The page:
You didn’t get to go to Morocco, I did, so I’m sharing some of the stuff
The old bit of the coastal town of Essaouira is hunched up next to the fishing harbour and within its walls, in a back alley, these steps
Poor nations recycle
This door is in the kind of backstreet you get travel insurance for .
That blue is fly blue.
The Victorians used it in larders and potting sheds to unwelcome flies
The Atlantic slaps Morocco really hard at this point
It’s always windy and the sea boils
A real working fishing boat harbour
When you start to slow, because you are on holiday you start to notice, and see the patterns in things. Your eye starts to say:” You know what? The world, and things that man has crafted are so often beautiful “
Even lunch is beautiful ( and yes that is a fly and no, he was not alone)
So goodbye Essaouira and back in the taxi to Marrakech .
That taxi driver had seemed so well-informed and civilised but when we hit the Marrakech rush hour he proved a complete shit. He left no room for error: pedestrians, donkey carts and scooters were shown less consideration than lorries. He was like an incensed blue-bottle outraged that anyone should think they could share the road with him. “No horn,no job” was his mantra. Our route was flanked by people making internationally understood gestures at him.
On the way out to Essaouira he had stopped to allow us to take pictures of the goats feeding on the leaves and fruits of the Argan trees Thats him picking up some Argan nuts
Sweet goats aren’t they? Wonderful photo opportunity.
But, but… look closely behind each goat that’s blue baler twine isn’t it? There were two goat herds with them and they expected tips for the photo. The tree was unmissable by the side of the road and why were all the goats on the road side of this tree ?
Nothing is as it seems in Morocco, everything has to be thought about twice.
It’s no good minding that tourists are used.
It is a country of change.
The tourists want it to stay picaresque and traditional and easily accessible by Easy Jet, so it does its best to oblige.
You see Marrakesh roof tops, the old and the new
Where are we now? In the Ben Youssef Medersa in Marrakech
God that is complex
Now we are in the nineteenth century Palais Bahia much of which was built for a very fat Vizier
I suppose he just lay fatly on his couch and stared at his beautiful ceilings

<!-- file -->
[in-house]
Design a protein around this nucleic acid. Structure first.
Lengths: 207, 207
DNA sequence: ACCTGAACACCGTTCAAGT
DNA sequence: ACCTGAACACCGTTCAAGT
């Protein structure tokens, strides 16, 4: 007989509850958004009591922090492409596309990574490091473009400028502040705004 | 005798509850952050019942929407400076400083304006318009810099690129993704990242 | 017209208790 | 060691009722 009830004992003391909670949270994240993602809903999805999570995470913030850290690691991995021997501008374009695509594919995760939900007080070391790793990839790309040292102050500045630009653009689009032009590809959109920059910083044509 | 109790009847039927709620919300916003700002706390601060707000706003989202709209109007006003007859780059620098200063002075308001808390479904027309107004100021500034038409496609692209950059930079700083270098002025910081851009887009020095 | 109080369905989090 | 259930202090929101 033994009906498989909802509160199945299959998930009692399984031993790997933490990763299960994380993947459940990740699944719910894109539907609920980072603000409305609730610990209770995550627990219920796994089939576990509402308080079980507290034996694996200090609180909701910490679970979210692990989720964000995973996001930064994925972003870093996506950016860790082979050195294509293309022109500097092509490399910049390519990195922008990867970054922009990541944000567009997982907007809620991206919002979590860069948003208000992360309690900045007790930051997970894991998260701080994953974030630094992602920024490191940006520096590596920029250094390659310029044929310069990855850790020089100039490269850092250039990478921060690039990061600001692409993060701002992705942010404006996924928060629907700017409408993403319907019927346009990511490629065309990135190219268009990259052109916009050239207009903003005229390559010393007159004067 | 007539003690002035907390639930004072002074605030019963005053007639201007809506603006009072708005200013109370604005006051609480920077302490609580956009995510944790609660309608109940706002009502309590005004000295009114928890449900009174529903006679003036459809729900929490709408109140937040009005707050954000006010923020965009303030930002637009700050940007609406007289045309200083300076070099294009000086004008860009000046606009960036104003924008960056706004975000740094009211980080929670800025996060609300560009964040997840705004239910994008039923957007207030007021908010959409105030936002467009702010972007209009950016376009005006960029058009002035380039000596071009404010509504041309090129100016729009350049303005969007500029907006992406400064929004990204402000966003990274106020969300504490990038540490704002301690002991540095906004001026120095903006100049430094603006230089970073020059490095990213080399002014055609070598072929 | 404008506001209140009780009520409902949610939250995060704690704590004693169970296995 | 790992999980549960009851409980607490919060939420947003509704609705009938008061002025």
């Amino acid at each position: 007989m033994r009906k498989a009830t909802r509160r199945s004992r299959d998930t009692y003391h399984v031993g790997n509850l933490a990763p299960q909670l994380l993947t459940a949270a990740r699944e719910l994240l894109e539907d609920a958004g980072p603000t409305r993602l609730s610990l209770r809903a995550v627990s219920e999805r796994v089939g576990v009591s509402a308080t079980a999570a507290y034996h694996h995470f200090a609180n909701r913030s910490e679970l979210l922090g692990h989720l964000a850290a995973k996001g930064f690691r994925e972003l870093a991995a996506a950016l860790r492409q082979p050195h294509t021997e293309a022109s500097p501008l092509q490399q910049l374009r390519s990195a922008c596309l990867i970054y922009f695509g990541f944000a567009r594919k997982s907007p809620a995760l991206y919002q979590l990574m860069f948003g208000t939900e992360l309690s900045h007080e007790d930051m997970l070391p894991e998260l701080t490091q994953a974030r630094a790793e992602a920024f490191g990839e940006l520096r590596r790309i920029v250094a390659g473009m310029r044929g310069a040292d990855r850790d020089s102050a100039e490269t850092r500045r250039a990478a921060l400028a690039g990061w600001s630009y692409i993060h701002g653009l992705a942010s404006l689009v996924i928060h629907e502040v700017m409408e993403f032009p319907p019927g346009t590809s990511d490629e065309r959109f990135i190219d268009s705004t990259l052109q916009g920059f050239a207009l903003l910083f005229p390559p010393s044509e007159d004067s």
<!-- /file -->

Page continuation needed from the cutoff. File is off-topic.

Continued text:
Strong stuff, like Turkish delight you can only take so much, before it cloys
This is by way of a palate cleanser from the souk
And this is to remind ourselves of reality.
Disgusting but colourful.
I hate to tell you this but this is Casablanca
Yes really, I am sorry
And this is the Hassan II Mosque in Casablanca
Yes but post dates the film
It was built over six years finished in 1993 and 35,000 craftsmen were involved
Now back to Marrakech, but to the new town which is ugly noisy and filthy and favoured by the rich who live in gated communities of exclusive nothingness .
The honourable exception being Yves St Laurent who lived in the former house of the French artist Jacques Majorelle and restored the magical garden which is now kept by the foundation.
It’s not all Yves St Laurent styling, the palm trees do belong
and the light struts its stuff
Now one last trip, this time into the High Atlas , then I will leave you in peace
Proper Berber land
And a market
So what did I buy?
Well this is what he was selling,vintage Berber stuff ( it matched up with stuff displayed in the Berber museum in Marrakech)
So I bought myself this, so that I could pound my spices in the same bowl as another woman from a very different harder life, did sixty years ago. Its made from cedar and is as hard as nails.
And there is more I have a crate coming …
If you beg me I will show you, but at the moment it’s still bumping its way by road to London (at least, I hope it is) Otherwise its a job for Interpol